Considering Neonatal Nursing? 3 Traits You Have To Have


If you're in nursing school and considering a specialty in neonatal nursing, you may have a bright future. There are plenty of reasons to love neonatal nursing. It's physically easier than most nursing jobs, since your patients are tiny and don't weigh very much. It can be very fulfilling work, and it's lucrative too – NICU (Neonatal Intensive Care Unit) nurses can earn more than $60,000 a year, and neonatal nurse practitioners can earn over $90,000 a year. And of course, you get to work with babies every day. But not everyone is cut out for neonatal nursing. Take a look at some traits you have to have if you're going to make it as a neonatal nurse.

Good Communication Skills

Sure, the babies that you picture yourself spending most of your time with won't understand you when you talk, but good communication skills are still vital for a neonatal nurse. That's because it will be your job to relay information about the babies in your care to their parents.

Like any new parents, the parents of your patients will be sleep deprived, anxious, and in the case of the mothers, at least, possibly in pain or dealing with medical complications of their own. And many of them won't have a medical background. It will be your responsibility to relay information about their child's condition and care in language that they can understand. That can be more challenging than you might think.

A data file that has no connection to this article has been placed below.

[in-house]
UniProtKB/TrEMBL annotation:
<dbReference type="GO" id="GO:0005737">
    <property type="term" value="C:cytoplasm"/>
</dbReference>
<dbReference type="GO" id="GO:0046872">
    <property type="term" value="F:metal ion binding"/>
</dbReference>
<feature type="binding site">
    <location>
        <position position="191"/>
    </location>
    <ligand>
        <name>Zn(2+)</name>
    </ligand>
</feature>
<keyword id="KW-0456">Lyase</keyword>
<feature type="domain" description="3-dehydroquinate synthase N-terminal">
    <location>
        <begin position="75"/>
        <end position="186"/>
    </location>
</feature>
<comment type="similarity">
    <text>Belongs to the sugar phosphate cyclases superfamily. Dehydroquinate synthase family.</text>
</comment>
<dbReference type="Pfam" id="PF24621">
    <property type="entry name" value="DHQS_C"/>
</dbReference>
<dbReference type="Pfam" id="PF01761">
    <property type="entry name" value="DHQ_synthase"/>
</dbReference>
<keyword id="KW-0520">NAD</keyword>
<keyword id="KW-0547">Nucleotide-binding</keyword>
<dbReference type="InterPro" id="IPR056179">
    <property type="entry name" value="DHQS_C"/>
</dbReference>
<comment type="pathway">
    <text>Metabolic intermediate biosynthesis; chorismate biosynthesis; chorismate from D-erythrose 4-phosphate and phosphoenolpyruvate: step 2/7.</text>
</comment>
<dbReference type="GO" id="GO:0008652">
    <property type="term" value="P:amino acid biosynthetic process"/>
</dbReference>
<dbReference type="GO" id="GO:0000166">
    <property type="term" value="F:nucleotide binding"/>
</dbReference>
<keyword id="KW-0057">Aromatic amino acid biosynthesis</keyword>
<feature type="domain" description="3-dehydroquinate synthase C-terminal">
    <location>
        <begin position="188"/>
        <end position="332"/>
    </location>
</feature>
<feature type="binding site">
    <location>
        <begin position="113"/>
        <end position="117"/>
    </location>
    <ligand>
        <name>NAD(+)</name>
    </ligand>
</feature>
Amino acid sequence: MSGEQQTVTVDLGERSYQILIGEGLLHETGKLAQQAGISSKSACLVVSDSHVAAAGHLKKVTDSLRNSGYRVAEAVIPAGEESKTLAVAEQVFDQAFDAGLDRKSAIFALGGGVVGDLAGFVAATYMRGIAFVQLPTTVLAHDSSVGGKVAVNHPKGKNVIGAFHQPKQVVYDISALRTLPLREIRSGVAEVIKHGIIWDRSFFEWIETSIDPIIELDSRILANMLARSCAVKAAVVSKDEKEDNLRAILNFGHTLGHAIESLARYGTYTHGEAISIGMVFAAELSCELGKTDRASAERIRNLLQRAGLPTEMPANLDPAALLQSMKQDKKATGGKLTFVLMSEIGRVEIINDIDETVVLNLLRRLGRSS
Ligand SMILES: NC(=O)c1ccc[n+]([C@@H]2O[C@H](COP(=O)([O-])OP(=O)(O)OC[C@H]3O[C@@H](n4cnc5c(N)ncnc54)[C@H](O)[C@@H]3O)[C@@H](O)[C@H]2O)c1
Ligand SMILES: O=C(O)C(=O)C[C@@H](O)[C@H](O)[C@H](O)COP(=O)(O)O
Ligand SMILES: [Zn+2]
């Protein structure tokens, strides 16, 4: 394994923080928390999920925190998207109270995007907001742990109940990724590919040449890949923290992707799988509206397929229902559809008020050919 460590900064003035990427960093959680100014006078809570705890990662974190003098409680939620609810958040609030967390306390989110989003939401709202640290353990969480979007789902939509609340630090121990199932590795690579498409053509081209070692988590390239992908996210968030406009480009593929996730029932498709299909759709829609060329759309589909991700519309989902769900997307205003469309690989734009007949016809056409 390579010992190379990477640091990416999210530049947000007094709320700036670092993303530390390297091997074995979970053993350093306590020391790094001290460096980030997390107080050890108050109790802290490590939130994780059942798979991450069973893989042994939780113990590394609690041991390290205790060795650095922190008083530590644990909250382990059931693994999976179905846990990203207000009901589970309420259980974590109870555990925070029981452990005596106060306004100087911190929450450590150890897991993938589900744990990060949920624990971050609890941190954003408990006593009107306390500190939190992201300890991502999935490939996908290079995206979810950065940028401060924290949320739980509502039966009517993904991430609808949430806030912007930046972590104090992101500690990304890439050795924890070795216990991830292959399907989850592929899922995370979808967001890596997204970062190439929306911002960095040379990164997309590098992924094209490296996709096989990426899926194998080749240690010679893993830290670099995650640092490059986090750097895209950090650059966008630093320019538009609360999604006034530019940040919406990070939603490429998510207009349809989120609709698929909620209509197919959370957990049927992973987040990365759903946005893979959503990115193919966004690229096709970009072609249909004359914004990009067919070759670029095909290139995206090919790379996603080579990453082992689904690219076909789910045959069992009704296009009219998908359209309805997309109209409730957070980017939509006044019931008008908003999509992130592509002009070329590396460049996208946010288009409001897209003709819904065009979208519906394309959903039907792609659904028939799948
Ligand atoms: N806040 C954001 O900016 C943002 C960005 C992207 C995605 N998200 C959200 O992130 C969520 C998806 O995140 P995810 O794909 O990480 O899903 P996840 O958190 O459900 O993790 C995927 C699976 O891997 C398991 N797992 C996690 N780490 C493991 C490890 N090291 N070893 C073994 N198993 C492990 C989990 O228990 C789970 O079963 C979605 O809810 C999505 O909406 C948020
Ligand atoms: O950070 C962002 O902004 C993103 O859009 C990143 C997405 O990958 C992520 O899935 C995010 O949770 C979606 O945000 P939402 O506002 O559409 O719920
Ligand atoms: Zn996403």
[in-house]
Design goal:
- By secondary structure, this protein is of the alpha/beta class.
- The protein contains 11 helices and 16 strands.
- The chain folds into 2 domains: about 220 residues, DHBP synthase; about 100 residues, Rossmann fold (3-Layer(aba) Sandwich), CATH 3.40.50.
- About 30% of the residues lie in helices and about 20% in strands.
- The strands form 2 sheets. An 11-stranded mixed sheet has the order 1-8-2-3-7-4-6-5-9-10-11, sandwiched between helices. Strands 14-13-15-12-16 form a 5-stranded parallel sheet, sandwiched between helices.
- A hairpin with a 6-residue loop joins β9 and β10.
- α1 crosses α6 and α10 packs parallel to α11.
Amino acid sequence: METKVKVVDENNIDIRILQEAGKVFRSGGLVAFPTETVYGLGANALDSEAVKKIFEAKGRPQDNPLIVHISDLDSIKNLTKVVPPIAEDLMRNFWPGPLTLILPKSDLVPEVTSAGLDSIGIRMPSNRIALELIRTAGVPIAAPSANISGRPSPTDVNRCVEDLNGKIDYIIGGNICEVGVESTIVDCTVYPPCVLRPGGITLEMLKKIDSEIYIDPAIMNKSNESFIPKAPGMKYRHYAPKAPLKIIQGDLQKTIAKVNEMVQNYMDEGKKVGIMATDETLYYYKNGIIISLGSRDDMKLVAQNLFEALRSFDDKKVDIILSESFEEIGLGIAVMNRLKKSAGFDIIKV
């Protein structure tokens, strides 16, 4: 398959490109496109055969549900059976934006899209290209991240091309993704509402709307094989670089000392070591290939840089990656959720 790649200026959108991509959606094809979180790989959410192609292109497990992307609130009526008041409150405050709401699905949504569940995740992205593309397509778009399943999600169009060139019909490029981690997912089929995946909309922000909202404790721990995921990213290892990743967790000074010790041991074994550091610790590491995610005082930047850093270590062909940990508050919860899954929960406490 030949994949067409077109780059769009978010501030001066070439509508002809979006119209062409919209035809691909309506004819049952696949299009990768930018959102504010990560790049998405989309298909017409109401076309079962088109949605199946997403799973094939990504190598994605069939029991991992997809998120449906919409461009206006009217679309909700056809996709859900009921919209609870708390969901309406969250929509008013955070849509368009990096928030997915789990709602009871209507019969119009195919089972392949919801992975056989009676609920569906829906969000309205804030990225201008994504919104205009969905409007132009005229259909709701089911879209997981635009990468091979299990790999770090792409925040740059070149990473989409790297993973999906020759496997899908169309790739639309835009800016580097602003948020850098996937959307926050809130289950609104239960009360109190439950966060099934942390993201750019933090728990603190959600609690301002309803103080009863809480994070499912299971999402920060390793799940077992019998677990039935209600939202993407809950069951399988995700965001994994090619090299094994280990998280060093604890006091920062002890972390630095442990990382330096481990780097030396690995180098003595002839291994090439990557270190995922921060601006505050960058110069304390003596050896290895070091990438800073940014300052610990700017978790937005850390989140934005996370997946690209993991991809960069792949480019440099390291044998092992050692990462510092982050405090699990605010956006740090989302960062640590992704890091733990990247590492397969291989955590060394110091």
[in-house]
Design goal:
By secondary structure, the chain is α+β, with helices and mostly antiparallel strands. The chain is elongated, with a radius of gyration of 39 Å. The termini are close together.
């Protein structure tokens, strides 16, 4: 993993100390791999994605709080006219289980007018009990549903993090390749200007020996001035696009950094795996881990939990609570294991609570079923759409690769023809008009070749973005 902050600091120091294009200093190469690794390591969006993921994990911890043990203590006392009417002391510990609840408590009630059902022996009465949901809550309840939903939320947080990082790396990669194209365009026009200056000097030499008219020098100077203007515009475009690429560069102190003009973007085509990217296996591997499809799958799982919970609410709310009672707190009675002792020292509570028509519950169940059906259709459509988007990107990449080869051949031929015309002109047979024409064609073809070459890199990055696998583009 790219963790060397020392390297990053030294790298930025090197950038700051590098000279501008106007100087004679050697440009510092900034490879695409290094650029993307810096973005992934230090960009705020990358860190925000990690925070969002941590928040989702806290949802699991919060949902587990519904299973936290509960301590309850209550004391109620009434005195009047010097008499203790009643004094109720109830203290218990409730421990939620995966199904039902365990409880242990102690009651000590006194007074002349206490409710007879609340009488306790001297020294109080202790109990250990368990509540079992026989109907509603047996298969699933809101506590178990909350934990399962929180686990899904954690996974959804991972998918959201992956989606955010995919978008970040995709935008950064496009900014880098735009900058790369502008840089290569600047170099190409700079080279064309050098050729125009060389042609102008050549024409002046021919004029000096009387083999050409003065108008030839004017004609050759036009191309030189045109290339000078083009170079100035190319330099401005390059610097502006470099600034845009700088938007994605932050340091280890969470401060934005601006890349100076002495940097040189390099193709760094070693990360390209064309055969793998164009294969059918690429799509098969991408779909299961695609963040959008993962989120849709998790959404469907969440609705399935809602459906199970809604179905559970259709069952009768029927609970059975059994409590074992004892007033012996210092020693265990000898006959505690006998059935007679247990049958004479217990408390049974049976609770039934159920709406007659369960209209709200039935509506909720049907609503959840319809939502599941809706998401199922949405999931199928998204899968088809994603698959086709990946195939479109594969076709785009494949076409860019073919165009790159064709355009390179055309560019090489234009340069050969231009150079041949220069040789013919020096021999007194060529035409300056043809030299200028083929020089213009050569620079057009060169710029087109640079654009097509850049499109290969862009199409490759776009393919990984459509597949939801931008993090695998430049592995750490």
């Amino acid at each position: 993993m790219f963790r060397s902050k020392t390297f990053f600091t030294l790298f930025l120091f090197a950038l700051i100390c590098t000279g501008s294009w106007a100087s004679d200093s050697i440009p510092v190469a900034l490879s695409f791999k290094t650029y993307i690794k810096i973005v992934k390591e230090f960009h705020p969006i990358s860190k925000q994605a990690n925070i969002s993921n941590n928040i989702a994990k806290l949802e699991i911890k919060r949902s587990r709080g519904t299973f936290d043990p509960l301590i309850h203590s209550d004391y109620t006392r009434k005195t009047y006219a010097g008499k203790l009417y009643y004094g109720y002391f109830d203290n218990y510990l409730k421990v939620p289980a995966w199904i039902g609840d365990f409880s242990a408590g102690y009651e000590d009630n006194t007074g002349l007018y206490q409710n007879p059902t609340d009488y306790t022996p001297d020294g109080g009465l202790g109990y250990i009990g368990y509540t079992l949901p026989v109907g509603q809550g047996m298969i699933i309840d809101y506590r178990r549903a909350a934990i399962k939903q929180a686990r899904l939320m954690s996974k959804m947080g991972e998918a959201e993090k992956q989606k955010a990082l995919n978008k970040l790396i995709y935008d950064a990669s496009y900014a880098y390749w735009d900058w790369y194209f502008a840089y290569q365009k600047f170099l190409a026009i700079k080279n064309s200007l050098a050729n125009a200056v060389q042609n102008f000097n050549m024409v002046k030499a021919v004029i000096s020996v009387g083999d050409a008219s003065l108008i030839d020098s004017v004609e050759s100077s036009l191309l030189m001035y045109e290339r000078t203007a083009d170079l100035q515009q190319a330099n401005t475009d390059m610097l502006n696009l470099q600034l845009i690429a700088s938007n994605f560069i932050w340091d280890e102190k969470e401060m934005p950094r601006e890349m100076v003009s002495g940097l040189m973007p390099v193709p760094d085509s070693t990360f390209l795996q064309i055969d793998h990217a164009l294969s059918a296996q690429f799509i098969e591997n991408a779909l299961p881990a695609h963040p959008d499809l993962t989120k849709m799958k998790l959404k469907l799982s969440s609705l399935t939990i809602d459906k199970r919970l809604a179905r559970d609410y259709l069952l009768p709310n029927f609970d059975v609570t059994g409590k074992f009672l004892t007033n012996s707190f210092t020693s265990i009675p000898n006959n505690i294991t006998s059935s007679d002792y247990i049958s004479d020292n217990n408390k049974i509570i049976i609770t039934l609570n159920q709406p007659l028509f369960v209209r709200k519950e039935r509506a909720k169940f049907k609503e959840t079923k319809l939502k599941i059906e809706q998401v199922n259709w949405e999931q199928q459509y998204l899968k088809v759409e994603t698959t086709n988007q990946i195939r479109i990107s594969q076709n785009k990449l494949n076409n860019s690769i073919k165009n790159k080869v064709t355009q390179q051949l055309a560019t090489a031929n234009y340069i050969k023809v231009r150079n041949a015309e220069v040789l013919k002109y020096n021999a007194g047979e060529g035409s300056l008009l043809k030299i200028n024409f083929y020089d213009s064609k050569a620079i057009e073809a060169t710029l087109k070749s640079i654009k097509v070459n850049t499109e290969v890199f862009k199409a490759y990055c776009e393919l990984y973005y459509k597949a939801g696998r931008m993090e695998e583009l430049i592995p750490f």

A Good Eye For Detail

When you're dealing with tiny babies, you have to be alert for equally tiny symptoms. Remember, your patients won't be able to tell you what feels wrong. Because their bodies are so small, it doesn't take very long for a small symptom to become a big problem.

For example, a newborn can become dehydrated rapidly, and if you miss the signs of dehydration – like too many hours without a wet diaper, or crying with no tears – the situation can become life-threatening. Keen observational skills are a must for neonatal nurses.

Emotional Resilience

Neonatal nurses work with perfectly healthy babies and also very sick babies. And as much fun as it can be to spend your day with healthy, full-term babies, caring for a sick or premature baby can be emotionally draining.

All medical personnel are taught not to get too emotionally involved with their patients, but it's hard to shut out the protective maternal or paternal feelings that many people have when they're around very small children and babies. You may find it difficult to stay professional and detached, especially when you lose a patient. Be honest with yourself about whether or not you're up for the emotional ups and downs that come with working in a neonatal unit.

Neonatal nurses are always in demand. There will always be more babies being born, and because babies are surviving at younger and younger gestational ages, the need for NICU nurses is on the rise. If you feel you have what it takes to be a neonatal nurse, you have a rewarding career ahead of you.

For more information, contact Kidz Medical Services or a similar organization.


13 June 2016

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